Environment Health and Medicine

At Least 6 Million Americans Have Been Exposed to Toxic Chemicals in Drinking Water

drinking water

Researchers conducting a new study have shown that levels of a class of chemicals that are used for industrial purposes have been found in the supplies of drinking water that 6 million US citizens have access to.

These chemicals, perfluoroalkyl substances and polyfluoroalkyl, have been linked to cancer and various other health issues.  Researchers from the John A. Paulson School of Engineering and Applied Sciences at Harvard and from the T.H. Chan School of Public Health at Harvard led the research team.

Chemicals having unknown toxicities like perfluoroalkyl substances could be used and then released out into the water and now severe consequences have to be faced according to Xindi Hu, the lead author of the study. Hu is a doctoral student at Harvard Chan School’s Department of Environmental Health and at Harvard’s John A. Paulson School of Engineering and Applied Sciences. He went on to say that more people may have been exposed than the amount the study mentions because there is a lack of information regarding the levels for 100 million Us residents representing about 1/3 of the study.

Perfluoroalkyl substances also known as PFASs have been in use for 60 years in commercial and industrial products such as pots, clothing and food wrappers. A link to hormone disruption, obesity, high cholesterol and cancer has been found and even though many manufacturers have stopped using some PFASs they still persist in wildlife and people. People drinking water can be exposed to these substances.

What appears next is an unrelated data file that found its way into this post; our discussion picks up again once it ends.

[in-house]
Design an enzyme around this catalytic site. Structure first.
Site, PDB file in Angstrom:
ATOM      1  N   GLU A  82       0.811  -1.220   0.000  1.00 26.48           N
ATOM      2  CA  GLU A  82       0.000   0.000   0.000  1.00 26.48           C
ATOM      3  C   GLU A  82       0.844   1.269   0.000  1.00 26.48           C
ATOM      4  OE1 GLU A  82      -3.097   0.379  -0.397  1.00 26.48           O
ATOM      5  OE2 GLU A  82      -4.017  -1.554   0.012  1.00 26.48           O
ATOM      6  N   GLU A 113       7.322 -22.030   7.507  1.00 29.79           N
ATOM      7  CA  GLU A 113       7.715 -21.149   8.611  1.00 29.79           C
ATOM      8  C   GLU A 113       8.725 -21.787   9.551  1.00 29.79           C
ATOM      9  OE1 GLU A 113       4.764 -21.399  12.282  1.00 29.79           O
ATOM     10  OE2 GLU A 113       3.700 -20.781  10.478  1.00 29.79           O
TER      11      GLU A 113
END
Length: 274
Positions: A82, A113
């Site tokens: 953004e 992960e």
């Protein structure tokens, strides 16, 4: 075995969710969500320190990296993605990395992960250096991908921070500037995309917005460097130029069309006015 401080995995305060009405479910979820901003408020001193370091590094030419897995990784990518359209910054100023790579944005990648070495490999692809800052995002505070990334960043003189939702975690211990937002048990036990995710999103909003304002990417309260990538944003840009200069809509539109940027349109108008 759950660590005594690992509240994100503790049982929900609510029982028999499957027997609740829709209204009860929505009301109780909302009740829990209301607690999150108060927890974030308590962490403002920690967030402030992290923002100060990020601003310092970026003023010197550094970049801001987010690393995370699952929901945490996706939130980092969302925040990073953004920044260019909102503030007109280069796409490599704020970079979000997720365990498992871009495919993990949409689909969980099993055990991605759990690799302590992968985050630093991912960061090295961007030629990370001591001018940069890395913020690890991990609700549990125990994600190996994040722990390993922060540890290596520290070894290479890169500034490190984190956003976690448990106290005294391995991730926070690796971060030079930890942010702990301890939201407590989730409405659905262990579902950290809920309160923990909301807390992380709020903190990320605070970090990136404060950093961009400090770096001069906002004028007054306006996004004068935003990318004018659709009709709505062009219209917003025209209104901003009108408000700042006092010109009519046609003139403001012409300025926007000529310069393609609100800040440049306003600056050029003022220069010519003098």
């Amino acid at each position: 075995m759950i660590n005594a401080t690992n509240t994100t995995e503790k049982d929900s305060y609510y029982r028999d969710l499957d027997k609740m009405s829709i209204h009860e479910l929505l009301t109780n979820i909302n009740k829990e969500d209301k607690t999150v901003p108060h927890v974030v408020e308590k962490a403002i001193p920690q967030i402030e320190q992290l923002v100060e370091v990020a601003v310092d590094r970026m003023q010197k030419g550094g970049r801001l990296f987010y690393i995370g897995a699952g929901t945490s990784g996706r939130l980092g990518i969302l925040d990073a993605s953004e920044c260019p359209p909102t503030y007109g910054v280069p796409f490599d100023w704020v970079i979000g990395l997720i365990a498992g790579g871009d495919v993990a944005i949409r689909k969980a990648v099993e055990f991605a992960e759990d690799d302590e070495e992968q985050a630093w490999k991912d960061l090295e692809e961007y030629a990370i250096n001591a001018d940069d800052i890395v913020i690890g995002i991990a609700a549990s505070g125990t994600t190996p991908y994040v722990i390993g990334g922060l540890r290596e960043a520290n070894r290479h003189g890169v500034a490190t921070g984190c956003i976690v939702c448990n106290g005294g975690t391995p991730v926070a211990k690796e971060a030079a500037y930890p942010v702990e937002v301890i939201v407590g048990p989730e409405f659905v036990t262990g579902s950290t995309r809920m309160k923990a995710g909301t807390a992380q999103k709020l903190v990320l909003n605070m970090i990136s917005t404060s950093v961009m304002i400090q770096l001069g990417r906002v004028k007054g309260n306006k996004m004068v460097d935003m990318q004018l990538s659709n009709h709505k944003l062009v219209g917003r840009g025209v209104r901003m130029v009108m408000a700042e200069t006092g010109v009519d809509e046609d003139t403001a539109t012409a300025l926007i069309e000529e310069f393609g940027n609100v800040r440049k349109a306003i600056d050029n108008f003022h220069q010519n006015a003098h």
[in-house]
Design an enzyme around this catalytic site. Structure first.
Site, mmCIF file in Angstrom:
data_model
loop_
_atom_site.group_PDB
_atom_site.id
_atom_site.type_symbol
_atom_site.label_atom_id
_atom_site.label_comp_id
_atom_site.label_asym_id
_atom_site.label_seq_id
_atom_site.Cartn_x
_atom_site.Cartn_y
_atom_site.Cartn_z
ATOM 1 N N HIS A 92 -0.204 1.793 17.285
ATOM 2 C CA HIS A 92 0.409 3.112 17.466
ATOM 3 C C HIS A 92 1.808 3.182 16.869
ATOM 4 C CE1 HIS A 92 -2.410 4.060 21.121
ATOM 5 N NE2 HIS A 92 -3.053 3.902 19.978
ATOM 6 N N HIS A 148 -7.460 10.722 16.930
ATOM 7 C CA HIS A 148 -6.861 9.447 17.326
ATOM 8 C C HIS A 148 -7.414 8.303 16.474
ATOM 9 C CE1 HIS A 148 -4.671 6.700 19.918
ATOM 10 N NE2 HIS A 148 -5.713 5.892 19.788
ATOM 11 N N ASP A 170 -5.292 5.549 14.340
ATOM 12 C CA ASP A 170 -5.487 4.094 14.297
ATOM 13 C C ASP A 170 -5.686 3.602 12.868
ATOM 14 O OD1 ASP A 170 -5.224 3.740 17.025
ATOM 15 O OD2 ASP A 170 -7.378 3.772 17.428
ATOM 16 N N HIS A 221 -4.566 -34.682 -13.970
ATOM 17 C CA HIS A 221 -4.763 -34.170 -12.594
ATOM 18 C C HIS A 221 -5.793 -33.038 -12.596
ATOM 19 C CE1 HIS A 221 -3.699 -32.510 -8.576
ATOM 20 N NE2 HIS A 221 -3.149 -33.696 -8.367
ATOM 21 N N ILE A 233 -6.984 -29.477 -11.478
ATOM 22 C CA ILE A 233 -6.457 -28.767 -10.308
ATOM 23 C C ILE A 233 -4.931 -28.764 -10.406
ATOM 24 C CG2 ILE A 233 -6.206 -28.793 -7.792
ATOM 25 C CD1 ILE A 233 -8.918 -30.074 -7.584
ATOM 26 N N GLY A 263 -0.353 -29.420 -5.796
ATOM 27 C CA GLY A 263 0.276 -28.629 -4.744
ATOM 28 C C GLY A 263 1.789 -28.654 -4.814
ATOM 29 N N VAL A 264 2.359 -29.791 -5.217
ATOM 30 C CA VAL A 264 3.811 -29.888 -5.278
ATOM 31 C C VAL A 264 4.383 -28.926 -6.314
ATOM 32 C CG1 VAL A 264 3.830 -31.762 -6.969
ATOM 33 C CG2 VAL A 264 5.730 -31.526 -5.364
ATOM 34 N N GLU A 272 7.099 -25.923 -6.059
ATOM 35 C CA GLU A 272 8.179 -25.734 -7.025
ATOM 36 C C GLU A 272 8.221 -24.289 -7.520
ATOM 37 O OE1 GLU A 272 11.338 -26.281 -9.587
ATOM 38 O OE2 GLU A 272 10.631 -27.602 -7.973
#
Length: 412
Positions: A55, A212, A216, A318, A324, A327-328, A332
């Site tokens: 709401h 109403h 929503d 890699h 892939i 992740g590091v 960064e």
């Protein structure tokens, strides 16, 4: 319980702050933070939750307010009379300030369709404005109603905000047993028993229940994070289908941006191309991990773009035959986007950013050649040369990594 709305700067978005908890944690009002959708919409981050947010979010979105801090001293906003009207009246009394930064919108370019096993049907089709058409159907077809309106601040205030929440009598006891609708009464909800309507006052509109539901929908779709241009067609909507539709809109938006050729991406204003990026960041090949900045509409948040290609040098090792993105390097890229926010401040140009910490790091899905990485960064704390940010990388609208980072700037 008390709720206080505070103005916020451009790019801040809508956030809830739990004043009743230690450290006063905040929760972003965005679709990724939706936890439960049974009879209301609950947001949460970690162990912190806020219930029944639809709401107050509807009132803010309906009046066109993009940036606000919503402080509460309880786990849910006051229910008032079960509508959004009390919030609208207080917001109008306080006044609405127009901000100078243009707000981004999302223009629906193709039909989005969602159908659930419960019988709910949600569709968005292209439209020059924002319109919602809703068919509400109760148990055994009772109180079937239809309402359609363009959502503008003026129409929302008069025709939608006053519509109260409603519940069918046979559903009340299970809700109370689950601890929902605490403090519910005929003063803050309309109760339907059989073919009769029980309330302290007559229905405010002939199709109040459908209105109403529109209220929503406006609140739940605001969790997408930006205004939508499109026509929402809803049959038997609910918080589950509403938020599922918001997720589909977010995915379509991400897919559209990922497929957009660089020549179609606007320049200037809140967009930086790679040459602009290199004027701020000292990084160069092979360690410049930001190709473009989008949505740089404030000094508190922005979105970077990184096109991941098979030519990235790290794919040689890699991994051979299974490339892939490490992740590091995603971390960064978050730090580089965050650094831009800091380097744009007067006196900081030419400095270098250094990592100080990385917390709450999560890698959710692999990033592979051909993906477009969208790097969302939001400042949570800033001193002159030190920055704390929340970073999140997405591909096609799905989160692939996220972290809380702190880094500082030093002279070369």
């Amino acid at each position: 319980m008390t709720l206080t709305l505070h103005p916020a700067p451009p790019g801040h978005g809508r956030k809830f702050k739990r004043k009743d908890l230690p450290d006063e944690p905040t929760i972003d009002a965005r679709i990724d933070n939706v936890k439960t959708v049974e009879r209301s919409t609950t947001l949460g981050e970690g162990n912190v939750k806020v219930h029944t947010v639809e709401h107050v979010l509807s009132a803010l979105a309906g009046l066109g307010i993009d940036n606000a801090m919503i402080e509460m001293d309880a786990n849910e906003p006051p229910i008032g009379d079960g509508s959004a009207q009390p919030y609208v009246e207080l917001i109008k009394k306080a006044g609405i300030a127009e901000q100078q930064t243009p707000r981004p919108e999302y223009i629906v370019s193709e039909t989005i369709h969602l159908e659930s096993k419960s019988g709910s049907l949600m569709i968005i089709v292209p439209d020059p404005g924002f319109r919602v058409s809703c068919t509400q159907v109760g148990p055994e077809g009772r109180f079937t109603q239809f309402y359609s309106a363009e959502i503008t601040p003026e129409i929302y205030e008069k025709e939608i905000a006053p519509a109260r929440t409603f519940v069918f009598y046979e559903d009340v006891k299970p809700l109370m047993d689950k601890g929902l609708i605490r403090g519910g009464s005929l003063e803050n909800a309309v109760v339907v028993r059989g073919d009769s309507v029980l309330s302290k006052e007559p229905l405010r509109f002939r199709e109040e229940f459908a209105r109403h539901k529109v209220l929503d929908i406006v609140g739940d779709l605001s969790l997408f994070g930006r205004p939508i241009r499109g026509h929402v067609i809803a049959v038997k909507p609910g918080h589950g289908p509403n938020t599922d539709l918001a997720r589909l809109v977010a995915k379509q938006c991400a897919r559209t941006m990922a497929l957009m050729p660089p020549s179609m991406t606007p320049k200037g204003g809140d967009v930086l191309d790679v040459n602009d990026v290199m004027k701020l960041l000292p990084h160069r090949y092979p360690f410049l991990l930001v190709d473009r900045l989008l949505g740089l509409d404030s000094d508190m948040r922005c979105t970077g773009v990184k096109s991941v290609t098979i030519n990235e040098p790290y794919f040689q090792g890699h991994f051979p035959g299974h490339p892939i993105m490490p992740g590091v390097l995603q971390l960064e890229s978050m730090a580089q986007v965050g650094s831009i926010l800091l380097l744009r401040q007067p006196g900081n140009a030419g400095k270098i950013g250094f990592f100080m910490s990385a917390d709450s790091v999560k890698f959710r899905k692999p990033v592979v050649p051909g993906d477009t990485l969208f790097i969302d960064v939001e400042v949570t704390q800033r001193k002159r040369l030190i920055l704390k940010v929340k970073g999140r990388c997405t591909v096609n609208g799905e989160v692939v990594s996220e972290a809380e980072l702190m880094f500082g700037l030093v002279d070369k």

The concentrations of 6 kinds of PFASs were examined by researchers in supplies of drinking water. The information came from more than 36,000 samples of water that the US Environmental Protection Agency collected from across the country in 2013 up to 2015. Industrial sites that were known to use PFASs were also looked at including airports where foam to fight fires is used, training sites for military fires as well as at treatment plants for wastewater. Standard treatments used at these wastewater plants can’t remove the PFASs from the water. The discharge that is coming from these plants can contaminate groundwater as can the sludge generated by the plants that is used as fertilizer.

According to the study, 194 of the 4,864 water supplies showed detected PFASs at the EPA’s minimal levels of reporting. These water supplies were located in 33 states across America. Seventy-five percent of the detections made were from 13 different states including Illinois, Massachusetts, Arizona, Minnesota, Georgia, New York, Ohio, Pennsylvania, Florida, Alabama, North Carolina, New Jersey and California.

There were 66 water supplies that were examined and these serve approximately 6 million people. All of them have at least one sample measuring higher than 70 parts/trillion, which is the safety limit set by the EPA for 2 kinds of PFASs. Concentrations of perfluorooctanoic acid reached a high level of 349 parts/trillion in Warminster, PA while concentrations of perfluorooctanesulfonic acid went as high as 1800 parts/trillion in Newark, DE. Treatment plants for wastewater, watersheds close to industrial sites and military bases showed the highest PFASs levels.

According to Harvard Chan School and John A. Paulson School of Engineering and Applied Sciences associate professor and the study’s lead author, Elsie Sunderland, the EPA’s provisional guidelines should be lowered based on recent studies. These compounds have proven to be strong immunotoxicants in children.

The report was published the journal Environmental Science & Technology Letters.